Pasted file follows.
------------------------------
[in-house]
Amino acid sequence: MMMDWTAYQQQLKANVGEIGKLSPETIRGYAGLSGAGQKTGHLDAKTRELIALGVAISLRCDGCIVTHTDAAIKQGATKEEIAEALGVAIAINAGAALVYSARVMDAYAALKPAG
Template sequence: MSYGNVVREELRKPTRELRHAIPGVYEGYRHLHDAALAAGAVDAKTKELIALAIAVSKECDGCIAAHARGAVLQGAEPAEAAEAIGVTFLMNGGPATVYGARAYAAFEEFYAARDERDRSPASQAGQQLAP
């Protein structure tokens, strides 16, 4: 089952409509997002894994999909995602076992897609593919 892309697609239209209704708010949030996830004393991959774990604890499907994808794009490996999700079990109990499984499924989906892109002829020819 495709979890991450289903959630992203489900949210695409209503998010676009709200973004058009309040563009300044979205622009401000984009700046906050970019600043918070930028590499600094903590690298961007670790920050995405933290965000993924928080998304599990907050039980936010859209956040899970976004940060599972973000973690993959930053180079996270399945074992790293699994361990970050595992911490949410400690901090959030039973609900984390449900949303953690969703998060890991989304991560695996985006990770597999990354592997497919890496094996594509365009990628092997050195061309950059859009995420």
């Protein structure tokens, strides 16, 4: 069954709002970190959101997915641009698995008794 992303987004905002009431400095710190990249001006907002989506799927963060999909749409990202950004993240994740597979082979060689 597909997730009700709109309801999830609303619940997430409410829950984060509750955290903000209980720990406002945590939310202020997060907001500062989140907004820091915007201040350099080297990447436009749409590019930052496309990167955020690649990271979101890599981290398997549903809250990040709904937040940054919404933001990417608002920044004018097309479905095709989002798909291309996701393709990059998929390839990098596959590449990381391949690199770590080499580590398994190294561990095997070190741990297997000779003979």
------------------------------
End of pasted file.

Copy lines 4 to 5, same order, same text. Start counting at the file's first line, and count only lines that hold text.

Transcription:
């Protein structure tokens, strides 16, 4: 089952409509997002894994999909995602076992897609593919 892309697609239209209704708010949030996830004393991959774990604890499907994808794009490996999700079990109990499984499924989906892109002829020819 495709979890991450289903959630992203489900949210695409209503998010676009709200973004058009309040563009300044979205622009401000984009700046906050970019600043918070930028590499600094903590690298961007670790920050995405933290965000993924928080998304599990907050039980936010859209956040899970976004940060599972973000973690993959930053180079996270399945074992790293699994361990970050595992911490949410400690901090959030039973609900984390449900949303953690969703998060890991989304991560695996985006990770597999990354592997497919890496094996594509365009990628092997050195061309950059859009995420």
């Protein structure tokens, strides 16, 4: 069954709002970190959101997915641009698995008794 992303987004905002009431400095710190990249001006907002989506799927963060999909749409990202950004993240994740597979082979060689 597909997730009700709109309801999830609303619940997430409410829950984060509750955290903000209980720990406002945590939310202020997060907001500062989140907004820091915007201040350099080297990447436009749409590019930052496309990167955020690649990271979101890599981290398997549903809250990040709904937040940054919404933001990417608002920044004018097309479905095709989002798909291309996701393709990059998929390839990098596959590449990381391949690199770590080499580590398994190294561990095997070190741990297997000779003979």